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The latest lesson on the “ordinary meaning” of a critical preposition

June 24th, 2009  |  Pamela Wolf

>The US Supreme Court on June 18, 2009 gave us a new lesson on the “ordinary meaning” of the words “because of.” Construing this critical preposition in the text of the Age Discrimination in Employment Act (ADEA), a five-Justice majority concluded the statute’s requirement that an adverse employment action was taken “because of” age means that “age was the ‘reason’ that the employer decided to act.” (Gross v FBL Fin Servs, Inc, USSCt, Dkt 08-441). Thus, held the majority, to establish a disparate treatment claim under “the plain language” of the ADEA, “a plaintiff must prove that age was the ‘but-for’ cause of the employer’s adverse decision.” Age bias must be the sole cause, not just one cause.

Of course, as we all know, reasonable minds can differ. And in this case, four Justices had an entirely different take on the meaning of those two little words: “The most natural reading of this statutory text prohibits adverse employment actions motivated in whole or in part by the age of the employee,” wrote Justice Stevens, joined by Justices Souter, Ginsburg and Breyer, dissenting. Acknowledging the majority’s correct citation of the dictionary definition of the controversial preposition – “‘by reason of’ or ‘on account of,’” – Justice Stevens emphasized in a footnote that the dictionary does not define “because of” as “‘solely by reason of’ or ‘exclusively on account of.’”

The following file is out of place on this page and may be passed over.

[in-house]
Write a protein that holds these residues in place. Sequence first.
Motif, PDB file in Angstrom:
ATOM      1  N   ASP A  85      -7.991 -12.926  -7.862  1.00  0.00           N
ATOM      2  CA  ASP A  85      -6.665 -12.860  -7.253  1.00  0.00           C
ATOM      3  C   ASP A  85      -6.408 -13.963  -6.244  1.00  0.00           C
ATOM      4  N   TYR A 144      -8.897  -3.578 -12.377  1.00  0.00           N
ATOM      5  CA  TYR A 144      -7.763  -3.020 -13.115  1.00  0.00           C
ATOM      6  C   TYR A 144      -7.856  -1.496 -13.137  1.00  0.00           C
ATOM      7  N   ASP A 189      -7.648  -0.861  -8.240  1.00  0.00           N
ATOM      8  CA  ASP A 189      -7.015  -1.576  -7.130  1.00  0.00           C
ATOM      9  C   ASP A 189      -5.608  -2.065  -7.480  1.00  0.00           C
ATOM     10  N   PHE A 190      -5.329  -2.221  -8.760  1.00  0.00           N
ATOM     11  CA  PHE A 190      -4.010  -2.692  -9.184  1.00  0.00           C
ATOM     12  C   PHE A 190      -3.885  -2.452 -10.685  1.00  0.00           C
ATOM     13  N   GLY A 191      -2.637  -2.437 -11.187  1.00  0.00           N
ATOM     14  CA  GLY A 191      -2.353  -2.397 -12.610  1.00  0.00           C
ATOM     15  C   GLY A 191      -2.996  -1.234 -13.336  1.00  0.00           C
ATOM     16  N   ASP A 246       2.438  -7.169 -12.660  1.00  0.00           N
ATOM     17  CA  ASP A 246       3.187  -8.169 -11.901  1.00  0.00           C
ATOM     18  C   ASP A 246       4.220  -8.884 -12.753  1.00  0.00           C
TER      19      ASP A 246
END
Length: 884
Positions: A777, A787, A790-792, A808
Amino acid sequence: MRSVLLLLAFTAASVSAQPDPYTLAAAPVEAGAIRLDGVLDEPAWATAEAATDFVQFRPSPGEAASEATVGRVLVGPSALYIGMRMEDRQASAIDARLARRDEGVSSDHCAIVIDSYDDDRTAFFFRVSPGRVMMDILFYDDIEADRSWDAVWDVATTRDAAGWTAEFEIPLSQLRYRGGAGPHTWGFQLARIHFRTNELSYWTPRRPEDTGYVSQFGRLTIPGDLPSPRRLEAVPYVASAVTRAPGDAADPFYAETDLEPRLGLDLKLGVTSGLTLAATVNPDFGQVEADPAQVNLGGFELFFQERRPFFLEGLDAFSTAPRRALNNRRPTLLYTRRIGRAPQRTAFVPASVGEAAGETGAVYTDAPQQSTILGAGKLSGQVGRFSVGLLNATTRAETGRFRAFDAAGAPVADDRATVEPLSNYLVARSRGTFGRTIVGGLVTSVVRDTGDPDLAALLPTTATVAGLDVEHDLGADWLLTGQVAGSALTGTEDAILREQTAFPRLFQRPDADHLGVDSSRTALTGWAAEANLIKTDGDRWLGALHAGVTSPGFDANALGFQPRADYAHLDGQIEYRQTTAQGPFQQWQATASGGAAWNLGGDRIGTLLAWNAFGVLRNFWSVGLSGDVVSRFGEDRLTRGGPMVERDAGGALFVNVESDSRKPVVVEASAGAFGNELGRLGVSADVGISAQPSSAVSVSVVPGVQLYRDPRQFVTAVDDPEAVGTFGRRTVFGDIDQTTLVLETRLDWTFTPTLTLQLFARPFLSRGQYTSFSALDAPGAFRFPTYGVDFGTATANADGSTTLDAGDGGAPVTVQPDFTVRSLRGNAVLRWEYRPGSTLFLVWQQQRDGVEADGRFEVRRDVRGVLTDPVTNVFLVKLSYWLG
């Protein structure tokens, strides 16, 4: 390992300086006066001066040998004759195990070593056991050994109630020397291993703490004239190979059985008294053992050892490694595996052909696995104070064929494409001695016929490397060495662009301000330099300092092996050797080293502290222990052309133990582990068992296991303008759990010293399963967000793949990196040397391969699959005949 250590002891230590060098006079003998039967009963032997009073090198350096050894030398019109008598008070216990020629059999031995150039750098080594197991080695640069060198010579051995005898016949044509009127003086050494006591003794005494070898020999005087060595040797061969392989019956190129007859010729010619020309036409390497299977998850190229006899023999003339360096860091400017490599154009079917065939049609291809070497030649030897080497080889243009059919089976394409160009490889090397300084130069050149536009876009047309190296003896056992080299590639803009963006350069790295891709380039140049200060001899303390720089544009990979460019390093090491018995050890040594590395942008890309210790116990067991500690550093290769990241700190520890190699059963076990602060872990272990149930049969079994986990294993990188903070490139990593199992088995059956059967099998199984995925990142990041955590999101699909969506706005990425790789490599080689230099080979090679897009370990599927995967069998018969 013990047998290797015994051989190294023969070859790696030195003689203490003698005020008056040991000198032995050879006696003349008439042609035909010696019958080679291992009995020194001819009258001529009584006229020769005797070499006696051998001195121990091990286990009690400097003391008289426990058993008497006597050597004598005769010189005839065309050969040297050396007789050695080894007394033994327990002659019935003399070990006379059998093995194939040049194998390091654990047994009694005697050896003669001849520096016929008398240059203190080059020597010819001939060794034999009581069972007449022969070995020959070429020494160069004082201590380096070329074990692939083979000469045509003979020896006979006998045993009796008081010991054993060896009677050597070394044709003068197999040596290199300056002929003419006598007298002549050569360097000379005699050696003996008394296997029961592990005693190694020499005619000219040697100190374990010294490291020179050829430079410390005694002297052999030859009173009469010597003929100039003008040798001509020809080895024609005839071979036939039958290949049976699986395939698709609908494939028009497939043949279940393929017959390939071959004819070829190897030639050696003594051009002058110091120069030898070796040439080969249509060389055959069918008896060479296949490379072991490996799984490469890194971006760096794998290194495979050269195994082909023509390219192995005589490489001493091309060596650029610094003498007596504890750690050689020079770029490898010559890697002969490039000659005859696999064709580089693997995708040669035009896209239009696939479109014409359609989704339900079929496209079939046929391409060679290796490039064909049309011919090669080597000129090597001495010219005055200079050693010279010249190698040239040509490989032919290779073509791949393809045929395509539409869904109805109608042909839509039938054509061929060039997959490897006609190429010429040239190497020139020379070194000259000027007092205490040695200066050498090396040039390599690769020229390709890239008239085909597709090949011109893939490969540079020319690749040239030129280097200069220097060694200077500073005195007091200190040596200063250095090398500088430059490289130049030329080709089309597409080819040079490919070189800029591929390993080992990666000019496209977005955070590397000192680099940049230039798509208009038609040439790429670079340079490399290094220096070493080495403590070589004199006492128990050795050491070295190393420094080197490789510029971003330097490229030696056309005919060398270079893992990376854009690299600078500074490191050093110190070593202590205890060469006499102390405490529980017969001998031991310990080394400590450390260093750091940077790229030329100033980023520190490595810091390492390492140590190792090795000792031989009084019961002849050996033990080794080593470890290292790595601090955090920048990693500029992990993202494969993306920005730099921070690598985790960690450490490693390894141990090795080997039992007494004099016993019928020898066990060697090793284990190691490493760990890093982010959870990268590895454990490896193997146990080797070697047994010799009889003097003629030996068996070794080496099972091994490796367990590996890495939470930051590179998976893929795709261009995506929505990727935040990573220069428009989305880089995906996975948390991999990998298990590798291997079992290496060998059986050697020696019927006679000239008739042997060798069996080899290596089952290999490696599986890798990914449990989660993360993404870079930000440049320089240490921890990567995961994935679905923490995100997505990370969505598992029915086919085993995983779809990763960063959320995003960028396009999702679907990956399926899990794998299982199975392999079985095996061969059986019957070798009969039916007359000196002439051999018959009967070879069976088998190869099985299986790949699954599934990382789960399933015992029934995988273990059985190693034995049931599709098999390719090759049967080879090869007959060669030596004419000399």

In a separate dissent authored by Justice Breyer and joined by Justices Souter and Ginsburg, the Justices declare: “The words ‘because of’ do not inherently require a showing of ‘but-for’ causation.” These three dissenting Justices found no reason to read the disputed preposition to require “but-for” causation.

Then there’s the matter of the meaning ascribed to the same two words in the High Court’s Price Waterhouse v Hopkins decision (49 EPD ¶38,936). Justice Stevens reminded the Gross Court that the words “because of” in the earlier plurality opinion concerning a Title VII sex-bias claim meant “that gender must be irrelevant to employment decisions.” “As we made clear, when ‘an employer considers both gender and legitimate factors at the time of making a decision, that decision was because of sex,’” Justice Stevens wrote.

I know– different Court, different Justices – only three of the Court’s current Justices were on the Court in 1989 when Price Waterhouse was decided. Still, it seems that the “ordinary meaning” of the words “because of” would not have changed so much in the ensuing 20 years. After all, the majority in Gross relied on definitions obtained from dictionaries published in 1966 and 1933.

In any event, I suspect the confusion over this recent lesson on the “ordinary meaning” of this critical preposition will soon be irrelevant. Relying on its narrow construction of the words “because of,” the High Court closed off to age-bias plaintiffs the mixed-motives route (available in Title VII cases) that would enable proof of employment discrimination when the prohibited bias was at least one, but not the only, motive for an adverse action. With so many older individuals in the workforce and the increased incidence of age-bias claims, I don’t think this higher standard for age-bias claims will remain the law for long. The 29-percent increase in EEOC age bias charges filed in 2008 over those filed in 2007 – a 48-percent jump from the number filed in 2005 – should provide enough momentum for Congress to take action.